In 2003, England won the Rugby World Cup. Steve Thompson was there, in England’s front row, at the heart of the match, and at the heart of the scrum – one of sport’s most destructive, repetitive impacts. But the triumphs came at a cost.
When rugby union turned professional, Steve was plunged into a game where raw power meant everything. Today, he remembers nothing about playing in that final. In his words, watching the tape back is like watching a ghost. The years of hurt in an era of professional meat shields, and the culture of sucking up punishment and coming back for more, have taken a terrible toll. Steve has been diagnosed with early onset dementia, and probable chronic traumatic encephalopathy. He is in his early forties. There are days when he doesn’t remember the names of his wife and four kids.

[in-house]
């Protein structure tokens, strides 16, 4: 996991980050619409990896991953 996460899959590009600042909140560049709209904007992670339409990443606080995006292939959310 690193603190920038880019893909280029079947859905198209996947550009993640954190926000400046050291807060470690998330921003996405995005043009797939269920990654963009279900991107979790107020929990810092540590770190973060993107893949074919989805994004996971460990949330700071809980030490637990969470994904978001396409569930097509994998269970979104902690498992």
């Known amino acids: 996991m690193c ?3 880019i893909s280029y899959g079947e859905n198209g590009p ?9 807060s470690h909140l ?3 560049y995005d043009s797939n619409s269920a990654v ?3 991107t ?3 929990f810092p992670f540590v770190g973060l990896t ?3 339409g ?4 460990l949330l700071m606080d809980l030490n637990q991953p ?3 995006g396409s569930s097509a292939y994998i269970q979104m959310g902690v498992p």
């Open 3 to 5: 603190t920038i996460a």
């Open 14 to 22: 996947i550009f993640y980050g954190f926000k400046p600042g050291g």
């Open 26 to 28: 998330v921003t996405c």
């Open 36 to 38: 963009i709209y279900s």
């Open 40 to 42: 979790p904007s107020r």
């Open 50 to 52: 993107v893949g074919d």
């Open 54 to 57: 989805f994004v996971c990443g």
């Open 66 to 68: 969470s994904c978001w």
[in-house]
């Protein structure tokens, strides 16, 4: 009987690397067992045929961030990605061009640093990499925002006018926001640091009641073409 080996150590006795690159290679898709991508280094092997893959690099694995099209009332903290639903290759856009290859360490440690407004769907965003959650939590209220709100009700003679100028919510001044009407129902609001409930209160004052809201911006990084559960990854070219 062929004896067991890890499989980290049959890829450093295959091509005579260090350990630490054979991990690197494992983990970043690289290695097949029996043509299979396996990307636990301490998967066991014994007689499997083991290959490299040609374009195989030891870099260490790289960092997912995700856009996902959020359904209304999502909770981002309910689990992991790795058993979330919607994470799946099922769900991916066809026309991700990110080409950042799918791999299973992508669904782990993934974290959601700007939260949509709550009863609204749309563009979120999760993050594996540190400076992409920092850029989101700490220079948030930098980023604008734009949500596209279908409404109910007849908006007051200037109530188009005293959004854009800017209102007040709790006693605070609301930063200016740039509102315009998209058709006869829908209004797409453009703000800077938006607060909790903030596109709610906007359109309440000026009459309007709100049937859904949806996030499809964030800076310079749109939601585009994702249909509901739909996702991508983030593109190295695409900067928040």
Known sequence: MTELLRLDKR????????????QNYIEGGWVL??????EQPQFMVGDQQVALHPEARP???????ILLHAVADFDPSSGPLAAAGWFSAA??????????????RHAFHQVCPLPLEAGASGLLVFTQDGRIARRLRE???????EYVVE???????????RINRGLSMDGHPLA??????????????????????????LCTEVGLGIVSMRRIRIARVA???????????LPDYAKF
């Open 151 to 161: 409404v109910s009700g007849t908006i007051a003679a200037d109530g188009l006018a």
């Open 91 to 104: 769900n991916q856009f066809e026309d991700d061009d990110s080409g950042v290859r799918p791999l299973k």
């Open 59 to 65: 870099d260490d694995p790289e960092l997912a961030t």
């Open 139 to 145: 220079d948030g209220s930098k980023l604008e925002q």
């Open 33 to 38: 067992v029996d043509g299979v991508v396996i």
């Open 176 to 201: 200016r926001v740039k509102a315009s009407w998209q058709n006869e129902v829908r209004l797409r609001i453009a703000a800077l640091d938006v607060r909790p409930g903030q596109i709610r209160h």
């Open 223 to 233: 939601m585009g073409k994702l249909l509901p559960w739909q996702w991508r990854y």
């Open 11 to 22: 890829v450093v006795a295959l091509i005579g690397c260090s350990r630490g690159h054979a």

Unforgettable is part sports memoir – with stories contributed by his world-cup winning teammates and his former manager, Sir Clive Woodward – and part raw human storytelling. In it, Steve will make memories for himself and for his children, and will relive the biggest battle of his life, with his toughest opponent – his own mind. Despite the constant reminders of what has been lost, and what is still to lose, Steve’s powerful story is one of hope and courage.
Unforgettable stands as testament to the ultimate strength of the human mind – and to a man no longer pushing himself to the limit for competition, but for his own place in the world.